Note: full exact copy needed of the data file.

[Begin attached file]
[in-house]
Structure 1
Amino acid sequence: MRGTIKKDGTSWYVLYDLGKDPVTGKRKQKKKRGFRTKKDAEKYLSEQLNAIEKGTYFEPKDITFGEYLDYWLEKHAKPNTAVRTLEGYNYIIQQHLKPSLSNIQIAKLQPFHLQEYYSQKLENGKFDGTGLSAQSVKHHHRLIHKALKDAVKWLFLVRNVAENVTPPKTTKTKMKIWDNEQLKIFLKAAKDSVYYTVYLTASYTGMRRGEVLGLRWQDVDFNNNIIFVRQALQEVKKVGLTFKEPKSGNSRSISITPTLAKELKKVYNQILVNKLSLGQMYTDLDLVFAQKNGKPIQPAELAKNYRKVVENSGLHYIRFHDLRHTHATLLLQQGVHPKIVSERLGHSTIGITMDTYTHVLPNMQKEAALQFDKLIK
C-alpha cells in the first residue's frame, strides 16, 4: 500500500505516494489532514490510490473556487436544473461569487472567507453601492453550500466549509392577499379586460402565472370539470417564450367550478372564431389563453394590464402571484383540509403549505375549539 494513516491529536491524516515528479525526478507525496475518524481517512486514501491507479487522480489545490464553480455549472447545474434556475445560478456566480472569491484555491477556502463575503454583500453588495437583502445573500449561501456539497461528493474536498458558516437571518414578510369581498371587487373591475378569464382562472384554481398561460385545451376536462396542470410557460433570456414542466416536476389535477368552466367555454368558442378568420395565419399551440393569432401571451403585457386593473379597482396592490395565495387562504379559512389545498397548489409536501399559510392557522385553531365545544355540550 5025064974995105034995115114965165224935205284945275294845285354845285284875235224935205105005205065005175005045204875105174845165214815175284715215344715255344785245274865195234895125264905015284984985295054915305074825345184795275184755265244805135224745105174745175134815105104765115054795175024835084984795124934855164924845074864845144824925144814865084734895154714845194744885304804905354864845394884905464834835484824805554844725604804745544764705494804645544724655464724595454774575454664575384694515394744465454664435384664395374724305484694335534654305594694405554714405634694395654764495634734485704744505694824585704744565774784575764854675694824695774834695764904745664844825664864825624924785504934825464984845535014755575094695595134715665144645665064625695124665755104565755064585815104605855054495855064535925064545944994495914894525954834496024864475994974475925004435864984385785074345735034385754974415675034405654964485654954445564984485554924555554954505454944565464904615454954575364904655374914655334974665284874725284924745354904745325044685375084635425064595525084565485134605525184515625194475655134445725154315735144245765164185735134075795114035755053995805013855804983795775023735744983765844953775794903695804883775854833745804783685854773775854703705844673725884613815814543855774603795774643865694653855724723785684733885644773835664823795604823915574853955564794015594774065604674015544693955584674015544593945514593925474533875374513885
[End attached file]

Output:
[in-house]
Structure 1
Amino acid sequence: MRGTIKKDGTSWYVLYDLGKDPVTGKRKQKKKRGFRTKKDAEKYLSEQLNAIEKGTYFEPKDITFGEYLDYWLEKHAKPNTAVRTLEGYNYIIQQHLKPSLSNIQIAKLQPFHLQEYYSQKLENGKFDGTGLSAQSVKHHHRLIHKALKDAVKWLFLVRNVAENVTPPKTTKTKMKIWDNEQLKIFLKAAKDSVYYTVYLTASYTGMRRGEVLGLRWQDVDFNNNIIFVRQALQEVKKVGLTFKEPKSGNSRSISITPTLAKELKKVYNQILVNKLSLGQMYTDLDLVFAQKNGKPIQPAELAKNYRKVVENSGLHYIRFHDLRHTHATLLLQQGVHPKIVSERLGHSTIGITMDTYTHVLPNMQKEAALQFDKLIK
C-alpha cells in the first residue's frame, strides 16, 4: 500500500505516494489532514490510490473556487436544473461569487472567507453601492453550500466549509392577499379586460402565472370539470417564450367550478372564431389563453394590464402571484383540509403549505375549539 494513516491529536491524516515528479525526478507525496475518524481517512486514501491507479487522480489545490464553480455549472447545474434556475445560478456566480472569491484555491477556502463575503454583500453588495437583502445573500449561501456539497461528493474536498458558516437571518414578510369581498371587487373591475378569464382562472384554481398561460385545451376536462396542470410557460433570456414542466416536476389535477368552466367555454368558442378568420395565419399551440393569432401571451403585457386593473379597482396592490395565495387562504379559512389545498397548489409536501399559510392557522385553531365545544355540550 5025064974995105034995115114965165224935205284945275294845285354845285284875235224935205105005205065005175005045204875105174845165214815175284715215344715255344785245274865195234895125264905015284984985295054915305074825345184795275184755265244805135224745105174745175134815105104765115054795175024835084984795124934855164924845074864845144824925144814865084734895154714845194744885304804905354864845394884905464834835484824805554844725604804745544764705494804645544724655464724595454774575454664575384694515394744465454664435384664395374724305484694335534654305594694405554714405634694395654764495634734485704744505694824585704744565774784575764854675694824695774834695764904745664844825664864825624924785504934825464984845535014755575094695595134715665144645665064625695124665755104565755064585815104605855054495855064535925064545944994495914894525954834496024864475994974475925004435864984385785074345735034385754974415675034405654964485654954445564984485554924555554954505454944565464904615454954575364904655374914655334974665284874725284924745354904745325044685375084635425064595525084565485134605525184515625194475655134445725154315735144245765164185735134075795114035755053995805013855804983795775023735744983765844953775794903695804883775854833745804783685854773775854703705844673725884613815814543855774603795774643865694653855724723785684733885644773835664823795604823915574853955564794015594774065604674015544693955584674015544593945514593925474533875374513885